The Ethereum network is utilised by both dapps and centralised organisations such as Microsoft. A flexibility for development and appetite for innovation has been the backbone of its success. Many investors view Ether as a proxy investment for all of the protocols and businesses that utilise the Ethereum blockchain. The more protocols that are added, the better. Future upgrades to the network, such as ETH 2.0, will make the network even more accessible.
One of the main differences between Bitcoin and Ethereum lies with each of the respective cryptocurrencies' tokenomics. Bitcoin is capped at a supply of 21 million. There will never be more than 21 million Bitcoin in existence and it's expected to reach this limit by 2140.
In comparison, ETH has an unlimited supply. Although unlimited, the creation of new coins is very tightly controlled to keep inflation from ruining the coin's value.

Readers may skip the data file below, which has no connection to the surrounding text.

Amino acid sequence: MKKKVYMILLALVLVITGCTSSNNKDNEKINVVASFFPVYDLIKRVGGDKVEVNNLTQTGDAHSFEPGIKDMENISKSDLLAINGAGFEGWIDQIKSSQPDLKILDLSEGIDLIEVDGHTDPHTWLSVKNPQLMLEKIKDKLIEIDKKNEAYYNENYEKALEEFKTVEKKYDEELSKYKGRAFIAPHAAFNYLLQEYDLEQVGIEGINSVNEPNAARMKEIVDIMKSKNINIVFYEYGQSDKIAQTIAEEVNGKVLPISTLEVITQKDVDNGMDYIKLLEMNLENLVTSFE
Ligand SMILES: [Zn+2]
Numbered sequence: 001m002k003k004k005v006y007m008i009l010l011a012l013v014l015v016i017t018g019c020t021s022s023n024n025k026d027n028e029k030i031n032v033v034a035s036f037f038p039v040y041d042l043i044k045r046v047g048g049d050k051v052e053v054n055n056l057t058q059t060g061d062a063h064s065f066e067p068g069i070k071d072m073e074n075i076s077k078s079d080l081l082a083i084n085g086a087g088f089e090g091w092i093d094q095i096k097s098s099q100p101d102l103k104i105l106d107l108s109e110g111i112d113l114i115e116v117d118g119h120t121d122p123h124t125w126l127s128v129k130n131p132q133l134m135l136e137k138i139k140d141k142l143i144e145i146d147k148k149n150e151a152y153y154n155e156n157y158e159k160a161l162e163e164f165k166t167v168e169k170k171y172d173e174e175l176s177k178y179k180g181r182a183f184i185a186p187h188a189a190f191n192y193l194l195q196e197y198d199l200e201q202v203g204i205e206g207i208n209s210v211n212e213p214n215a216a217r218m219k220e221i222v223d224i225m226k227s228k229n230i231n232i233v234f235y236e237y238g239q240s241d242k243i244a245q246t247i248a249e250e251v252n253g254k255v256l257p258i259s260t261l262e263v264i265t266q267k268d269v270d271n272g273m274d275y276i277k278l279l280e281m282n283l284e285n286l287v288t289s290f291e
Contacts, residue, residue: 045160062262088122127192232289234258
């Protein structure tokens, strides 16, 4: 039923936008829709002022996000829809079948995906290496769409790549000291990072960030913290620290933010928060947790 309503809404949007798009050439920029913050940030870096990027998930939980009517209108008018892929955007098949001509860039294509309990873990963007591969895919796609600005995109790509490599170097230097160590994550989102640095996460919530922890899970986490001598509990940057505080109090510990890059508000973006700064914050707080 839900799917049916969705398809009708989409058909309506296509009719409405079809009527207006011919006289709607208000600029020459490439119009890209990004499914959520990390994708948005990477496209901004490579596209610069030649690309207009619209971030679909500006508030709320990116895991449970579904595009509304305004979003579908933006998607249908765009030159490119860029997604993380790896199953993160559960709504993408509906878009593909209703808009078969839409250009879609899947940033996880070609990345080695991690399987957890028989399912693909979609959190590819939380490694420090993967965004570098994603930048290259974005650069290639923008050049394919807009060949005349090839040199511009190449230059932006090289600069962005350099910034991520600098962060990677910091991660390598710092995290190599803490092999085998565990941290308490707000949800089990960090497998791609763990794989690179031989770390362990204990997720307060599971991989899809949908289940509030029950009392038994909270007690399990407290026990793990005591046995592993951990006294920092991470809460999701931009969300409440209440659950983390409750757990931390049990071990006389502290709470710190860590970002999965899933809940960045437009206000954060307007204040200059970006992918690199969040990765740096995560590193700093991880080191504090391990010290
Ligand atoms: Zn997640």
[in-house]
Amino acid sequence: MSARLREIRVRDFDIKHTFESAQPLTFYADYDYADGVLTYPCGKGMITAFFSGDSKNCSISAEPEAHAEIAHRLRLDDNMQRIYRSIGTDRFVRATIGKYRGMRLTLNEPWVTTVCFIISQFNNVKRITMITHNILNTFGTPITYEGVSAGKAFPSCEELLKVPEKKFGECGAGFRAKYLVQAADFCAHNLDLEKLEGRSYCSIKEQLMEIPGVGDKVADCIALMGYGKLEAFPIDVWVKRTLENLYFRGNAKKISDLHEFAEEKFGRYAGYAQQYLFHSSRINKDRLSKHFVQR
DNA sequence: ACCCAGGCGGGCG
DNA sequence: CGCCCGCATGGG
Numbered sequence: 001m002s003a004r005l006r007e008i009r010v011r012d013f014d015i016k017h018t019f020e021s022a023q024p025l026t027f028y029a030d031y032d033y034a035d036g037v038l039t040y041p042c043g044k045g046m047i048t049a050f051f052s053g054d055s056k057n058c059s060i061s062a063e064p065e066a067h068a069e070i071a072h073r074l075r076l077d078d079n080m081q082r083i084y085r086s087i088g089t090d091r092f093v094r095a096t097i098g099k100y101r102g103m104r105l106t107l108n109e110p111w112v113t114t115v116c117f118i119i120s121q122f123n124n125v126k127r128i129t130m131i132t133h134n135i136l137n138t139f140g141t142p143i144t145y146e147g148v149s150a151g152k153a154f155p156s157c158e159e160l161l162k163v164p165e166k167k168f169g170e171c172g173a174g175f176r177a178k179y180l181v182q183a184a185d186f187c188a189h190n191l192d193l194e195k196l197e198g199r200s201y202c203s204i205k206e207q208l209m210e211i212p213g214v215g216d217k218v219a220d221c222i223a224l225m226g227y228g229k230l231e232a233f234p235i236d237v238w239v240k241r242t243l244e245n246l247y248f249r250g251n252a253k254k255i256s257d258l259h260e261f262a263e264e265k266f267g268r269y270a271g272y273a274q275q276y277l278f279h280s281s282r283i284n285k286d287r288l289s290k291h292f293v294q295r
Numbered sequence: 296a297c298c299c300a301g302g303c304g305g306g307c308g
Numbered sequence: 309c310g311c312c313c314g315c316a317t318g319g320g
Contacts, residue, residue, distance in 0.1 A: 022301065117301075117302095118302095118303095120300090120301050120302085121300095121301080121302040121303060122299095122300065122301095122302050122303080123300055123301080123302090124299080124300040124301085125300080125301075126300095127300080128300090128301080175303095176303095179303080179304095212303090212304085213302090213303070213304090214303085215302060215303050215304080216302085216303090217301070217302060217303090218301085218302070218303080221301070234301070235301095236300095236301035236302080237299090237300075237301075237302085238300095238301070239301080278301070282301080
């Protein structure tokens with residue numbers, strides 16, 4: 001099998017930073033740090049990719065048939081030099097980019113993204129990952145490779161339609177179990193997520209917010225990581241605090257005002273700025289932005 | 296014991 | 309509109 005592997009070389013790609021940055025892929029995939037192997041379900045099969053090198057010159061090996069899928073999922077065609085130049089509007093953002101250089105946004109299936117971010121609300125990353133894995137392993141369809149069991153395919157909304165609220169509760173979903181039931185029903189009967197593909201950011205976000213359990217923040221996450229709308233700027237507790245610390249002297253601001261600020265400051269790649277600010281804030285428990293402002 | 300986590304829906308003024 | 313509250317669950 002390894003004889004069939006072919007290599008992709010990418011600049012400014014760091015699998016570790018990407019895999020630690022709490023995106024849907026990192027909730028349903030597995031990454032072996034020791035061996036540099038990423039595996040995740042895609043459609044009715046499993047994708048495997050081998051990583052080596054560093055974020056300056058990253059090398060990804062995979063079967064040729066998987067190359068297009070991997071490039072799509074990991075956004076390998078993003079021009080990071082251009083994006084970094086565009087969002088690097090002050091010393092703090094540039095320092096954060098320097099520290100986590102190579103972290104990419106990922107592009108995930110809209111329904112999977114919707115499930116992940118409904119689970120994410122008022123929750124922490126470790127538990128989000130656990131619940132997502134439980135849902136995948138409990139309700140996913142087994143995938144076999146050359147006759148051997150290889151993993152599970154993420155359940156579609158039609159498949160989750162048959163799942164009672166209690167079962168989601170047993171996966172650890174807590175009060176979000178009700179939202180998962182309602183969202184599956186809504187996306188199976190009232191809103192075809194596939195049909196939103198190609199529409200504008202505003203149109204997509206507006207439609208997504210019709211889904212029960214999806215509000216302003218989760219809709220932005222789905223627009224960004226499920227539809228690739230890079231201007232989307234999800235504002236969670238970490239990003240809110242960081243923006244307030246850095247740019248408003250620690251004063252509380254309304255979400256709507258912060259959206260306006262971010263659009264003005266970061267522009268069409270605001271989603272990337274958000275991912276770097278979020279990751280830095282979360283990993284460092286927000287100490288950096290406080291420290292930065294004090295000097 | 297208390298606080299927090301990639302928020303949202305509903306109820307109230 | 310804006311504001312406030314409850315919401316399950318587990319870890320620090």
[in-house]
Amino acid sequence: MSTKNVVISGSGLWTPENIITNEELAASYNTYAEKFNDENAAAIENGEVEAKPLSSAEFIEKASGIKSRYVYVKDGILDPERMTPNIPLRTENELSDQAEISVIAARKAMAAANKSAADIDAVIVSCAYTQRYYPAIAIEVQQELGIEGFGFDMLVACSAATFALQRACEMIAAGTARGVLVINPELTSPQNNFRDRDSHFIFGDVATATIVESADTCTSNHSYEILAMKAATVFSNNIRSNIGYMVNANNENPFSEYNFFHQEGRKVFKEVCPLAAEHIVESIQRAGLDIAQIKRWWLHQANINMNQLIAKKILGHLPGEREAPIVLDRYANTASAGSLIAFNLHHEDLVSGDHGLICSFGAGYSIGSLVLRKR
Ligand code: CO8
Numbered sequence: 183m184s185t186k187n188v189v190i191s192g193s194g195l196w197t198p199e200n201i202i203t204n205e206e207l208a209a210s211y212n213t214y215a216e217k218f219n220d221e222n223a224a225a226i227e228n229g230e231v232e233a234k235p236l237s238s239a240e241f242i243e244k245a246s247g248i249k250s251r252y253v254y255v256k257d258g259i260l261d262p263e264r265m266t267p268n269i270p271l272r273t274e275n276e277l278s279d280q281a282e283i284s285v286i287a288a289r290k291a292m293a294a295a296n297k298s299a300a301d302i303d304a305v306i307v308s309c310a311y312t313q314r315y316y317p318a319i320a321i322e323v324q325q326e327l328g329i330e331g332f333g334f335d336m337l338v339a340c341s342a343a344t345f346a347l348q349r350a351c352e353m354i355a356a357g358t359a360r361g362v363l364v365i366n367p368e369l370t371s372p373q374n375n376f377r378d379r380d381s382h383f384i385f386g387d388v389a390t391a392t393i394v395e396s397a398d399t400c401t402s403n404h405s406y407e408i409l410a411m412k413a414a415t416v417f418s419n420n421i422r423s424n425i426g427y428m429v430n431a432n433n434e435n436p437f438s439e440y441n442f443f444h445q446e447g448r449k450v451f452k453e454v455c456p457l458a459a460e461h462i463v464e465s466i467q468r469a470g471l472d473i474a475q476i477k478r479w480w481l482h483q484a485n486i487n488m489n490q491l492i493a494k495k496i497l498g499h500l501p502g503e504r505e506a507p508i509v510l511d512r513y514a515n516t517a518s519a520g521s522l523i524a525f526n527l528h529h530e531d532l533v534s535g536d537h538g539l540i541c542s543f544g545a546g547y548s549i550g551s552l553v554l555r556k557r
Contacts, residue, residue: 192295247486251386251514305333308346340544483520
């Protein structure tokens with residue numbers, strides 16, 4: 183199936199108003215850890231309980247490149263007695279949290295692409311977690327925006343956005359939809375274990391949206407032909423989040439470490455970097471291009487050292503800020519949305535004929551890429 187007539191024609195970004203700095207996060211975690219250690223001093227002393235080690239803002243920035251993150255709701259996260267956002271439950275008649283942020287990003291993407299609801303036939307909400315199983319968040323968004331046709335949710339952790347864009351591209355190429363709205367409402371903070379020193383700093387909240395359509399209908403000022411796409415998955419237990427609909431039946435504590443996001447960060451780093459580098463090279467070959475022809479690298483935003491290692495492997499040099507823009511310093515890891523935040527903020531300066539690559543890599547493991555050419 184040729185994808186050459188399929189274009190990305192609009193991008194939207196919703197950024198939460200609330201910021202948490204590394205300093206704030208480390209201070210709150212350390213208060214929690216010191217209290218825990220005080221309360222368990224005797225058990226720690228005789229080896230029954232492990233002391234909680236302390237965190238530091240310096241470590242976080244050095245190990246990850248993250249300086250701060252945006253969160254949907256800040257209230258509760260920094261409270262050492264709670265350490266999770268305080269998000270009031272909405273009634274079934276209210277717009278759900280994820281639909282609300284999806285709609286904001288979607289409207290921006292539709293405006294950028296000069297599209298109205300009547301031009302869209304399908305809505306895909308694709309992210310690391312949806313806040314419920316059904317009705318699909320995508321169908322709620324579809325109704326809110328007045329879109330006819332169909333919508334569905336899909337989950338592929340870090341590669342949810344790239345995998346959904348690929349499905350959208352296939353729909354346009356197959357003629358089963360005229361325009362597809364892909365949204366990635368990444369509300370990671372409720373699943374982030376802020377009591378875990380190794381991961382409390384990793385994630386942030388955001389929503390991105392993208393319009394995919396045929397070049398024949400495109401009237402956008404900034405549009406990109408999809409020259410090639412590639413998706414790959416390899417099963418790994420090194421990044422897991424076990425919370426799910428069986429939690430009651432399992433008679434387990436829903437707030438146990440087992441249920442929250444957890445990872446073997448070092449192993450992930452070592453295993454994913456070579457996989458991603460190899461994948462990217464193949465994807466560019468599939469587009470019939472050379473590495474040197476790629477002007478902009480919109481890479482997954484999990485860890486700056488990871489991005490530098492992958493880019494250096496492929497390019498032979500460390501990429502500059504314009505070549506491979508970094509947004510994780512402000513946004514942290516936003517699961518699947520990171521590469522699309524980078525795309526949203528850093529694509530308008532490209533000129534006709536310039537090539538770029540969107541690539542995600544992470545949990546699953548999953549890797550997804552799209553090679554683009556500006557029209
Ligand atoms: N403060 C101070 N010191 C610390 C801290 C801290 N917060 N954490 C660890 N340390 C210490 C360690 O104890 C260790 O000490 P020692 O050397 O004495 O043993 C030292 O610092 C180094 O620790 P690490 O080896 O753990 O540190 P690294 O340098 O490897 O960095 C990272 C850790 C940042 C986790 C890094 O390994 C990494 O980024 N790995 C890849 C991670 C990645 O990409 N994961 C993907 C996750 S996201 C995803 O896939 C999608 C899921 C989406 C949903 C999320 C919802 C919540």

Bitcoin and Ethereum have developed differently over the years and have partnered with different protocols to improve accessibility.
For example, a system called Rootstock is being developed as an "attachment" for the Bitcoin blockchain, which allows smart contract operations to occur off-chain. This could one day allow for dapps to be built that are backed by the Bitcoin network, very similar to what we've seen develop with Ethereum.
The developments on Ethereum have led to an industry standard for cryptocurrency tokens called ERC20. This is a set of measurements for a cryptocurrency to allow for greater compatibility between multiple digital assets.
These standards are very useful. Just like a train needs to be exactly wide enough to ride on its rails, cryptocurrencies need to have exactly the right programming to fit into wallets and be easily transferred.